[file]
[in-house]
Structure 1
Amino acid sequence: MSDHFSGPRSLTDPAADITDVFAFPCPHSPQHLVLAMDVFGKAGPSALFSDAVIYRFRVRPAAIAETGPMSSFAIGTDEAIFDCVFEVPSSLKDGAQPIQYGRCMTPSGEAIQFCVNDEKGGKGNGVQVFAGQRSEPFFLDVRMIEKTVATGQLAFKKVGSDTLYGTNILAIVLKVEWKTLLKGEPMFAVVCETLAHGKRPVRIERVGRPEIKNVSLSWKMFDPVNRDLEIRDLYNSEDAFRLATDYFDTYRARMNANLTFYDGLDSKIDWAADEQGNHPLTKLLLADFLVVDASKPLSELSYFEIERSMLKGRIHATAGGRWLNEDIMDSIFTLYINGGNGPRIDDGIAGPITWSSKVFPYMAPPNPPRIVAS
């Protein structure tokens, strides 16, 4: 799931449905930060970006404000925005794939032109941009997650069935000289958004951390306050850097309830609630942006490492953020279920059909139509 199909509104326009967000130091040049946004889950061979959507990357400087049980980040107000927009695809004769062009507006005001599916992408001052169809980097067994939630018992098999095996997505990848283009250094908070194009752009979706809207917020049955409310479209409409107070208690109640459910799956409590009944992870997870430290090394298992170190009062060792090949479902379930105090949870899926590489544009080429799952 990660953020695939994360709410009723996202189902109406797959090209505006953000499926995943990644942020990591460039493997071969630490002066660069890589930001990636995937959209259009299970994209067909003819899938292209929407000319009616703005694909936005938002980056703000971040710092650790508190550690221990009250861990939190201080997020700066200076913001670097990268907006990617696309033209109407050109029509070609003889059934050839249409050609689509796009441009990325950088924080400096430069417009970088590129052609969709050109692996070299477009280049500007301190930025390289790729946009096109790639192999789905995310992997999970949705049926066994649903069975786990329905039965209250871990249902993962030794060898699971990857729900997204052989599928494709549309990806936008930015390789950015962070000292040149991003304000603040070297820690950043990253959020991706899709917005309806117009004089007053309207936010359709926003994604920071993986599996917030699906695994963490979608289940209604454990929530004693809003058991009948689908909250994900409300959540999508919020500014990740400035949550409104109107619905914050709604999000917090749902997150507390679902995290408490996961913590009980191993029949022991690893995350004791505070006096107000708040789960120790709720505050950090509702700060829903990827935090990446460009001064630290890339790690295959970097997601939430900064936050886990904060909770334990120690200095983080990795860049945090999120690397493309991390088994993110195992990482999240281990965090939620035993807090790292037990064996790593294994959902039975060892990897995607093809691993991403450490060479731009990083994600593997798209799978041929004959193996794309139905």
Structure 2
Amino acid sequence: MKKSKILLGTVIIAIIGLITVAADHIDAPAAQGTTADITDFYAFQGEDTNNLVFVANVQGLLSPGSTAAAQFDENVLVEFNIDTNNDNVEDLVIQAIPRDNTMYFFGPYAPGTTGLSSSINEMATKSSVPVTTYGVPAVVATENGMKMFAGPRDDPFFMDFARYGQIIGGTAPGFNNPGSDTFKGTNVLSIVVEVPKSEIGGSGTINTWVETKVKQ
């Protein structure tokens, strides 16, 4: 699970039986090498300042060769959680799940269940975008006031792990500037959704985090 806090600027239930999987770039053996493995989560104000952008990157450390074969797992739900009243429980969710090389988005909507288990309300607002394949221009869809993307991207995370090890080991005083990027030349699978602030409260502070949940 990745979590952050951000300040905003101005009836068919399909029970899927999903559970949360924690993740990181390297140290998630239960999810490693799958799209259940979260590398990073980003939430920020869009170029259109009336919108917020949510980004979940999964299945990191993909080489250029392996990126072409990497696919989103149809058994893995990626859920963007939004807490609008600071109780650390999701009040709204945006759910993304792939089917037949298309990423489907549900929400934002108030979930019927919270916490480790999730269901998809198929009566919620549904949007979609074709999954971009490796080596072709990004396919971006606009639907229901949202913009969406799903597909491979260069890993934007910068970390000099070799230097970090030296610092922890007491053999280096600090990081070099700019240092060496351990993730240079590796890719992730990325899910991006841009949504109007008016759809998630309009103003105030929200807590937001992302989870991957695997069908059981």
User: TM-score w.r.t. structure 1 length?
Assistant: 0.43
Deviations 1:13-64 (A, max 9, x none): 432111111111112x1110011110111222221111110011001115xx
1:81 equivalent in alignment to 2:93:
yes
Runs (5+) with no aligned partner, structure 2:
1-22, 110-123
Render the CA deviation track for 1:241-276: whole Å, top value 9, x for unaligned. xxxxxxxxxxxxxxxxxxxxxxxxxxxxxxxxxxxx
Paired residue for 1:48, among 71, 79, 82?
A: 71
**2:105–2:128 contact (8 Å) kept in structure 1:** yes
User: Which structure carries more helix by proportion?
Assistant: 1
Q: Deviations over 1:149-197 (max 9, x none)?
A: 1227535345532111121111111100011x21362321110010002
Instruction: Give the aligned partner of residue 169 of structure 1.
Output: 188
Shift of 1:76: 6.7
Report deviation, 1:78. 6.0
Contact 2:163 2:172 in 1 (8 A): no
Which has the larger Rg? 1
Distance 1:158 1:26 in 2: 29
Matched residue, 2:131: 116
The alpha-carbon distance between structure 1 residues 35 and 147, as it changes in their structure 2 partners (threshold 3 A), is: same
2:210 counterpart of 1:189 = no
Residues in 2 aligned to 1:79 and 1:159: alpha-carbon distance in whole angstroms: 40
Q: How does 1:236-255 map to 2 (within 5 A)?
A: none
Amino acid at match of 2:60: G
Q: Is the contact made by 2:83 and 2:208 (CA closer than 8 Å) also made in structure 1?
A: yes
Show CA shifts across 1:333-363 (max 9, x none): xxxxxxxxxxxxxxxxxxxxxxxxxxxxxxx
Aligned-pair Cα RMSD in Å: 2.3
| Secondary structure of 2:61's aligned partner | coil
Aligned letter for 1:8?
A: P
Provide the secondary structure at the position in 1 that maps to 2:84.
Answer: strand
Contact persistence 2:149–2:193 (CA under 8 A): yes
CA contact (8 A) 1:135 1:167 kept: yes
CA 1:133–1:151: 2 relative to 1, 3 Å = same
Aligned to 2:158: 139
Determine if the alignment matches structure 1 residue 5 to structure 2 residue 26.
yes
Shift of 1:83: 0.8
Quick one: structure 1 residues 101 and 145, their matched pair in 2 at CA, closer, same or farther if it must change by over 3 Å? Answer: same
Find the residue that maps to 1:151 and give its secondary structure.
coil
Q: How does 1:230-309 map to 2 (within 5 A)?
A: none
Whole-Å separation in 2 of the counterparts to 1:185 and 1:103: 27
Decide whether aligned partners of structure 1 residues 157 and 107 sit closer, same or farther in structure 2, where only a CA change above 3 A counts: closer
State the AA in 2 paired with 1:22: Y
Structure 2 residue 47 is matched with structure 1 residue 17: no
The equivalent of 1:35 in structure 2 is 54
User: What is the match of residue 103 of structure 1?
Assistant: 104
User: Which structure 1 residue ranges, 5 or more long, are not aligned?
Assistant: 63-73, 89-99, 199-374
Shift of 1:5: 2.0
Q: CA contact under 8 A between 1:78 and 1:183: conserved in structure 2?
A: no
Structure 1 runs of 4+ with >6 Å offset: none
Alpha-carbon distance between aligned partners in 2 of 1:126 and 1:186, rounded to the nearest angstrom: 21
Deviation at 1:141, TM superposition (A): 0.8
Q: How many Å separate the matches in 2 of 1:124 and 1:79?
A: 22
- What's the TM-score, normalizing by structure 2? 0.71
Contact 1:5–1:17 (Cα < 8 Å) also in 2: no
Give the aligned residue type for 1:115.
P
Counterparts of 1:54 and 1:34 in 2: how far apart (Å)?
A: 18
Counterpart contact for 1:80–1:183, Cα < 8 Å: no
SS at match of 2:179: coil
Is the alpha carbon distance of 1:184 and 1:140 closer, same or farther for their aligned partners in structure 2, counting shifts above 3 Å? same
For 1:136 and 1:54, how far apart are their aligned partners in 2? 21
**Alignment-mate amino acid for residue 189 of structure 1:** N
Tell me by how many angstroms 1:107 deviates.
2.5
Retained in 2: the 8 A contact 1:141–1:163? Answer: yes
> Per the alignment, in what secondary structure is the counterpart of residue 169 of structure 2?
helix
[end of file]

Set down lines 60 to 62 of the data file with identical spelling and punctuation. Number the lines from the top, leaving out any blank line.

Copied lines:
State the AA in 2 paired with 1:22: Y
Structure 2 residue 47 is matched with structure 1 residue 17: no
The equivalent of 1:35 in structure 2 is 54